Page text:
Monday, July 20, 2009

Non Decisions: Calculation and Guessing

Game play is either calculation or guessing. Neither of which are decisions.

Calculation is not really a decision: you calculate correctly and succeed, or you calculate incorrectly and fail, or you don't to calculate - or recognize when you can't, because the information is not available to you - and you guess.

Guessing is also not a decision: you guess with the odds, or against them which is foolish.

Calculation is made difficult by time constraints, limited mental capacity, and false beliefs. Time constraints may be explicitly enforced, such as in Chess or Scrabble, or implicitly enforced by social necessity: your friends will leave if you don't make a move already. Mental capacity limits how much information you can juggle in your head at any one time. False beliefs are those which skew your ability to calculate or guess properly, such as believing in false patterns or that something will happen because you want it to, very badly.

Calculating odds is not guessing. Calculation is the opposite of guessing. Anything you can't calculate you guess, and since you have no information, no guess is better than any other. Deciding whether something really is a guess or can be calculated, is also a calculation. More specifically, in deciding when a pattern is a pattern, and when it's just random noise.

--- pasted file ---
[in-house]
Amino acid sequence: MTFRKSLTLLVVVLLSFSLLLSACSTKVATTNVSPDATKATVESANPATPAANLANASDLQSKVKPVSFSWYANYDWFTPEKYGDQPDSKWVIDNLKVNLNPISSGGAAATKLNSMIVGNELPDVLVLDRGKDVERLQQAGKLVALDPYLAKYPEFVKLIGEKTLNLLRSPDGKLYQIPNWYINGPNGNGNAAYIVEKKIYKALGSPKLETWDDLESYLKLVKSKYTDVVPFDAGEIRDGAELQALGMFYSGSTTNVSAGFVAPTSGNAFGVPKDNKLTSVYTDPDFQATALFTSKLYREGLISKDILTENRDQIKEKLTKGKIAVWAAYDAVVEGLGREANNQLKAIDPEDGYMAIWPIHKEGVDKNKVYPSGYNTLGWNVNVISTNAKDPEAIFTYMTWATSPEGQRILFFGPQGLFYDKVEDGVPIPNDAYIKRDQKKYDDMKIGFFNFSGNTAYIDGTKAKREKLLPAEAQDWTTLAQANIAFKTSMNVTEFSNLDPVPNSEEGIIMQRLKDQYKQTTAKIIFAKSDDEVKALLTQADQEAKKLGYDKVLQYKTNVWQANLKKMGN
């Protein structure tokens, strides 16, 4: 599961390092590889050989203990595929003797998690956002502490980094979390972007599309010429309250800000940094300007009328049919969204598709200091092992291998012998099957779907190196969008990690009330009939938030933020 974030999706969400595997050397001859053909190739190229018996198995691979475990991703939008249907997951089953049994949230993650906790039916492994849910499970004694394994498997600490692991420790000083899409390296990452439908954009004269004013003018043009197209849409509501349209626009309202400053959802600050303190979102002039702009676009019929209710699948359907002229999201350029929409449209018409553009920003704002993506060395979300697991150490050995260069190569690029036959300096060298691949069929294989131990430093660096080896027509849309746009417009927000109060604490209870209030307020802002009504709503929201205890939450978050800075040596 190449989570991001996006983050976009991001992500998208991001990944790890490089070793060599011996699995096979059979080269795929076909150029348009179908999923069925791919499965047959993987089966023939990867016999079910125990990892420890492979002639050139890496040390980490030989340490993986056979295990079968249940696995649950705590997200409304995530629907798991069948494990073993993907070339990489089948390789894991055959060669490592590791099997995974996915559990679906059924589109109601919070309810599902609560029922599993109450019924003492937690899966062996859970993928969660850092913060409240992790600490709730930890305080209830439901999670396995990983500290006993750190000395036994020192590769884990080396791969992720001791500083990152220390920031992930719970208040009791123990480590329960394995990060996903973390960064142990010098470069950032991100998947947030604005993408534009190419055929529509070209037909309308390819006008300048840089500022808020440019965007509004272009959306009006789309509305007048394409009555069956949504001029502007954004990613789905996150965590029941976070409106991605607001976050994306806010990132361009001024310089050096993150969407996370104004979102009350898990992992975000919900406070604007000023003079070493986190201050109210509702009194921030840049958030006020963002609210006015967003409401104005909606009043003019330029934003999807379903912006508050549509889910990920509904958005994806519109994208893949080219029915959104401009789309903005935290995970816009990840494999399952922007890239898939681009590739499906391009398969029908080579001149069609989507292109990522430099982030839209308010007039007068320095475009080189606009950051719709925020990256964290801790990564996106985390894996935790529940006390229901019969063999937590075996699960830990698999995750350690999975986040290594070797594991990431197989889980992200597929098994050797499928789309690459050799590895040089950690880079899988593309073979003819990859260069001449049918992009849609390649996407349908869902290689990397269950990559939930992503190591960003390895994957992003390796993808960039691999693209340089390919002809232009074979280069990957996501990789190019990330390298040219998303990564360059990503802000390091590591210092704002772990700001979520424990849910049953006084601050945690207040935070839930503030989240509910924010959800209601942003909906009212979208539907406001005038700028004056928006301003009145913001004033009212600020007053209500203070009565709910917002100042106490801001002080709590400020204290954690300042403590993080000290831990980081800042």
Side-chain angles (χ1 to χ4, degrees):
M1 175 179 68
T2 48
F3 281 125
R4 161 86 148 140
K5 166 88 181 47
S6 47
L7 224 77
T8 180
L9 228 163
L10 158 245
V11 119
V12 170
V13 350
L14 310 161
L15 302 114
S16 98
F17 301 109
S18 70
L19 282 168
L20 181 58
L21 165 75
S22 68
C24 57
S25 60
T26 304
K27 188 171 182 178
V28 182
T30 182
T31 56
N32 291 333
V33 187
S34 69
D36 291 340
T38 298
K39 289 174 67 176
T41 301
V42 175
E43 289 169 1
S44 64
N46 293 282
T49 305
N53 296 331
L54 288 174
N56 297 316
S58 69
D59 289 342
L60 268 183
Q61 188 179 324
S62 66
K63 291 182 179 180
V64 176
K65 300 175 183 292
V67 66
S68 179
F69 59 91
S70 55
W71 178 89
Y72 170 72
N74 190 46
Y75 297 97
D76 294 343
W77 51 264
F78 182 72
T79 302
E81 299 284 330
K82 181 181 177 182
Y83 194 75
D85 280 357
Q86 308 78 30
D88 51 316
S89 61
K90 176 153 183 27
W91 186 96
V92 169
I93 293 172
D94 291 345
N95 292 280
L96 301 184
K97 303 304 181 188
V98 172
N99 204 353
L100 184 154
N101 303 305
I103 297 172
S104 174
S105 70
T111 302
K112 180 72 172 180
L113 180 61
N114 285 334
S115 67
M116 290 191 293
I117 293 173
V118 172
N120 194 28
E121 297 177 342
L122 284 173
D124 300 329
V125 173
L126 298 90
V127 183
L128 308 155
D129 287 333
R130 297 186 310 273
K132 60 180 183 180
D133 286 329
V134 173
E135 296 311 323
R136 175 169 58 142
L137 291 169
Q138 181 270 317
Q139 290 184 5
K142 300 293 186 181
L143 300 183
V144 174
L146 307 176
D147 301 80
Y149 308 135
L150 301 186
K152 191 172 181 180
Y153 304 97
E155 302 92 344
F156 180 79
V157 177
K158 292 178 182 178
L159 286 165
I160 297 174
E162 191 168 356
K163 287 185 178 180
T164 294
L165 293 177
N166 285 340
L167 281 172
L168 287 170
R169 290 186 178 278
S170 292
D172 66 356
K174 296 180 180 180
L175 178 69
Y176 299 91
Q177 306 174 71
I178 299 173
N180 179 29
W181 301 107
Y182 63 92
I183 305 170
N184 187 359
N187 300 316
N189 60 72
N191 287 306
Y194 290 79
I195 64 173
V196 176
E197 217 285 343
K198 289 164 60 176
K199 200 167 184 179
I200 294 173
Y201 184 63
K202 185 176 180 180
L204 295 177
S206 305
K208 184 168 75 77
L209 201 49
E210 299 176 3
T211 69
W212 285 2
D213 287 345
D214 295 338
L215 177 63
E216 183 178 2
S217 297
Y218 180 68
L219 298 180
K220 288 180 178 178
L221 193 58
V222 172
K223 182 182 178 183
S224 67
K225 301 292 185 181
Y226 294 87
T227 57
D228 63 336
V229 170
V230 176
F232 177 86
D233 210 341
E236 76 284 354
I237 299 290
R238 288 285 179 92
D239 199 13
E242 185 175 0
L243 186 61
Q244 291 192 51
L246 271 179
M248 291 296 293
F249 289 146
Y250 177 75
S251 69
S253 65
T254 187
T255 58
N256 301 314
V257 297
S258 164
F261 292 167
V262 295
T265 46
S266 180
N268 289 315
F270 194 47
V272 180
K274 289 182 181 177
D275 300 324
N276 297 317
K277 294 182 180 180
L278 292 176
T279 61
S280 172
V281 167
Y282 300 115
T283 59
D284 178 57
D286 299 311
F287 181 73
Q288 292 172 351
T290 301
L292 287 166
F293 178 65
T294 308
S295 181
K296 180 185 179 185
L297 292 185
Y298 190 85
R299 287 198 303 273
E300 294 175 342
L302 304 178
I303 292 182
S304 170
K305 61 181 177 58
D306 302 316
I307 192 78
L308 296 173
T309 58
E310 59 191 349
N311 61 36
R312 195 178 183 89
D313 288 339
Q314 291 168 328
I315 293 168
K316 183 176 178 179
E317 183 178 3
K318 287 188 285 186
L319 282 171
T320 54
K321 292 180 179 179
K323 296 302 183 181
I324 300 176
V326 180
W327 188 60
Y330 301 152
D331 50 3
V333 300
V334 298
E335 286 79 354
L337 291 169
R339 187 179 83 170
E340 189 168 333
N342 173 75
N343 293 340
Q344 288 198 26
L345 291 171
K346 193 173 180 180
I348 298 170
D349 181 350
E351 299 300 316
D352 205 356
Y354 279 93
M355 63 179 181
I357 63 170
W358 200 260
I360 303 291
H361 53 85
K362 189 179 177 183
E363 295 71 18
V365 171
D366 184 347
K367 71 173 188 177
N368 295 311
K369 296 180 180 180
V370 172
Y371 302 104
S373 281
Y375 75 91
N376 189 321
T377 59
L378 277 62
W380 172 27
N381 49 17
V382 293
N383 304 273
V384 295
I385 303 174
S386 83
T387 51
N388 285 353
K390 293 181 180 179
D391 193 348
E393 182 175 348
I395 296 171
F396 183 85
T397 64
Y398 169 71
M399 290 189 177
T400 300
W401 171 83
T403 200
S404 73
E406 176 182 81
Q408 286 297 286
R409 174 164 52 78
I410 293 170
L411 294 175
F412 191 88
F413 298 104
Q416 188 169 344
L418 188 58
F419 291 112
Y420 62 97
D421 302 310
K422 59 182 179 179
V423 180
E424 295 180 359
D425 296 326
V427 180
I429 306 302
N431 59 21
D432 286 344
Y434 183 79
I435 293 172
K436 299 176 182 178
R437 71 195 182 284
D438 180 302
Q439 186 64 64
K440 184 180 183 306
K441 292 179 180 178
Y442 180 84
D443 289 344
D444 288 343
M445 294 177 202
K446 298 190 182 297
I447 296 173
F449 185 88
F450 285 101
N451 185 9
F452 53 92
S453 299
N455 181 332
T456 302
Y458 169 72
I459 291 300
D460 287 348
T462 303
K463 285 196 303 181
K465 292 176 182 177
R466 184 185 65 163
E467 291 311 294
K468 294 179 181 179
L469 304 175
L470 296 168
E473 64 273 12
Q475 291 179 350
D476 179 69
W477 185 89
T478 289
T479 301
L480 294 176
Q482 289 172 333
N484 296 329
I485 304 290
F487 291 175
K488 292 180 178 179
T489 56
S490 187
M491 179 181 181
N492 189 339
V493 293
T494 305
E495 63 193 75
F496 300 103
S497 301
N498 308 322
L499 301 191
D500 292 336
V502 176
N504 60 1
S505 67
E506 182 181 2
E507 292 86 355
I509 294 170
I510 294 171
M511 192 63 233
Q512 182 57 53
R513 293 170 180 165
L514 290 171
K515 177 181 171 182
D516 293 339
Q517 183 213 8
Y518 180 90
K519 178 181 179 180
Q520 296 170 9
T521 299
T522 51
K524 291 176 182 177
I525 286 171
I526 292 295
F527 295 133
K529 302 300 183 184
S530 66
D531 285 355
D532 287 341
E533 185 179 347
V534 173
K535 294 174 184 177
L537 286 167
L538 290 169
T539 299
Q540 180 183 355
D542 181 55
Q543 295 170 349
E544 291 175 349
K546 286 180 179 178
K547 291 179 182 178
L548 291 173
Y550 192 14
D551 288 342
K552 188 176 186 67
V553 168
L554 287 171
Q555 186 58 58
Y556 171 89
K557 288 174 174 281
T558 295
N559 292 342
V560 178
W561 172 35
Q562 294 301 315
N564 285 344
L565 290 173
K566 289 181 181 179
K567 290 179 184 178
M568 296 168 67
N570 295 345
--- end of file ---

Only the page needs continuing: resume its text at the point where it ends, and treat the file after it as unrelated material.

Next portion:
Determining what your opponent will do is often guessing. Game Theory has a lot to say about it, often on the assumption that your opponent is rational and intelligent. But, in essence, your opponent's moves are just as much odds calculations and guesswork as any roll of multiple dice with constraints can be. Which means that even classic abstracts with perfect information - other than your opponent's future moves - are luck, on a certain level. Your opponent may not find the right move, or he might, by accident, when he guesses a play that is beyond his calculation abilities. Over the course of a long game, the odds of his repeatedly finding the right play by accident become slim to non-existent.

In some games, theme, role play, and humor also play a role. Setting this aside, where are the decisions in a game, if they not in the calculation and not in the guessing? Is decision-making an illusion?

c.f.
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